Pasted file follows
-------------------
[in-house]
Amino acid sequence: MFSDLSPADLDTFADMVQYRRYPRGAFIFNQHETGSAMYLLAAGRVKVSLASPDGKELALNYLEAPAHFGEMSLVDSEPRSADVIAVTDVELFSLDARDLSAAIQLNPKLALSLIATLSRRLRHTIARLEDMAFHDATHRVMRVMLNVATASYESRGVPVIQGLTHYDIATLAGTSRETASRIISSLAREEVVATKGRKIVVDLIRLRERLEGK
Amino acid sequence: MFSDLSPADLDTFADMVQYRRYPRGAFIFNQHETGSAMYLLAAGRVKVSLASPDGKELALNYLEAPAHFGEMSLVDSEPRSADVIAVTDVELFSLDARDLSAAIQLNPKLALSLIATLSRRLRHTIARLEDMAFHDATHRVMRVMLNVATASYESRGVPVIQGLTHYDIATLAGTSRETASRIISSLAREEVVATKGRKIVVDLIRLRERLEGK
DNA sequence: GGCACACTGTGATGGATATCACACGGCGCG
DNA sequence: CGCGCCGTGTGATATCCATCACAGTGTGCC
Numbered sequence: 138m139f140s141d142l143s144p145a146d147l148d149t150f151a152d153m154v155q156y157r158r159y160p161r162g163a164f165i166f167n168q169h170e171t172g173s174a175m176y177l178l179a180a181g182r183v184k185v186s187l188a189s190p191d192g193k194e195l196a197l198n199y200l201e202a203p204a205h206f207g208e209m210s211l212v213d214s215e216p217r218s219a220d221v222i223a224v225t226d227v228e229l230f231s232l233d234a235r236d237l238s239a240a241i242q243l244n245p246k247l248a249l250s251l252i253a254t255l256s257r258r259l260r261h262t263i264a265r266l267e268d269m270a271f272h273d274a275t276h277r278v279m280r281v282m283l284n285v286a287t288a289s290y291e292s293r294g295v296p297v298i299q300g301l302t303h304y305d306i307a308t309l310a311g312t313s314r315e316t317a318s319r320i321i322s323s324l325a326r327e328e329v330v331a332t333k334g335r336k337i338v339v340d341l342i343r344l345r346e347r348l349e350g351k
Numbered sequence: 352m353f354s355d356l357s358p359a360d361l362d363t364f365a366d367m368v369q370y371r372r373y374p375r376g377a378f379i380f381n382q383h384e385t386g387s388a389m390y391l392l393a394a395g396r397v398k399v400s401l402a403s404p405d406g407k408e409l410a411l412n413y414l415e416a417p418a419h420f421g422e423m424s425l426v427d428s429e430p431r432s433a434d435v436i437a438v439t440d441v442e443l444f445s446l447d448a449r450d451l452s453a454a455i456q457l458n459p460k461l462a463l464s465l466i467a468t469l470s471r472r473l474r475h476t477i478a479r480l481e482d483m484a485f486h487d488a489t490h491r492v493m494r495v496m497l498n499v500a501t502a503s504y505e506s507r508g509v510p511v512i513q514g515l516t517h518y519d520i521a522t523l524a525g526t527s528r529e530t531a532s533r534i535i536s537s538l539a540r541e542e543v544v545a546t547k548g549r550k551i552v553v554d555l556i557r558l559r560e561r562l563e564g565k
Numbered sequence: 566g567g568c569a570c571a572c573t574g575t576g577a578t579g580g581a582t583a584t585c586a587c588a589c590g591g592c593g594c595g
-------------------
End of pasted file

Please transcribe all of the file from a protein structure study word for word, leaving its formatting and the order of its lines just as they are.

[in-house]
Amino acid sequence: MFSDLSPADLDTFADMVQYRRYPRGAFIFNQHETGSAMYLLAAGRVKVSLASPDGKELALNYLEAPAHFGEMSLVDSEPRSADVIAVTDVELFSLDARDLSAAIQLNPKLALSLIATLSRRLRHTIARLEDMAFHDATHRVMRVMLNVATASYESRGVPVIQGLTHYDIATLAGTSRETASRIISSLAREEVVATKGRKIVVDLIRLRERLEGK
Amino acid sequence: MFSDLSPADLDTFADMVQYRRYPRGAFIFNQHETGSAMYLLAAGRVKVSLASPDGKELALNYLEAPAHFGEMSLVDSEPRSADVIAVTDVELFSLDARDLSAAIQLNPKLALSLIATLSRRLRHTIARLEDMAFHDATHRVMRVMLNVATASYESRGVPVIQGLTHYDIATLAGTSRETASRIISSLAREEVVATKGRKIVVDLIRLRERLEGK
DNA sequence: GGCACACTGTGATGGATATCACACGGCGCG
DNA sequence: CGCGCCGTGTGATATCCATCACAGTGTGCC
Numbered sequence: 138m139f140s141d142l143s144p145a146d147l148d149t150f151a152d153m154v155q156y157r158r159y160p161r162g163a164f165i166f167n168q169h170e171t172g173s174a175m176y177l178l179a180a181g182r183v184k185v186s187l188a189s190p191d192g193k194e195l196a197l198n199y200l201e202a203p204a205h206f207g208e209m210s211l212v213d214s215e216p217r218s219a220d221v222i223a224v225t226d227v228e229l230f231s232l233d234a235r236d237l238s239a240a241i242q243l244n245p246k247l248a249l250s251l252i253a254t255l256s257r258r259l260r261h262t263i264a265r266l267e268d269m270a271f272h273d274a275t276h277r278v279m280r281v282m283l284n285v286a287t288a289s290y291e292s293r294g295v296p297v298i299q300g301l302t303h304y305d306i307a308t309l310a311g312t313s314r315e316t317a318s319r320i321i322s323s324l325a326r327e328e329v330v331a332t333k334g335r336k337i338v339v340d341l342i343r344l345r346e347r348l349e350g351k
Numbered sequence: 352m353f354s355d356l357s358p359a360d361l362d363t364f365a366d367m368v369q370y371r372r373y374p375r376g377a378f379i380f381n382q383h384e385t386g387s388a389m390y391l392l393a394a395g396r397v398k399v400s401l402a403s404p405d406g407k408e409l410a411l412n413y414l415e416a417p418a419h420f421g422e423m424s425l426v427d428s429e430p431r432s433a434d435v436i437a438v439t440d441v442e443l444f445s446l447d448a449r450d451l452s453a454a455i456q457l458n459p460k461l462a463l464s465l466i467a468t469l470s471r472r473l474r475h476t477i478a479r480l481e482d483m484a485f486h487d488a489t490h491r492v493m494r495v496m497l498n499v500a501t502a503s504y505e506s507r508g509v510p511v512i513q514g515l516t517h518y519d520i521a522t523l524a525g526t527s528r529e530t531a532s533r534i535i536s537s538l539a540r541e542e543v544v545a546t547k548g549r550k551i552v553v554d555l556i557r558l559r560e561r562l563e564g565k
Numbered sequence: 566g567g568c569a570c571a572c573t574g575t576g577a578t579g580g581a582t583a584t585c586a587c588a589c590g591g592c593g594c595g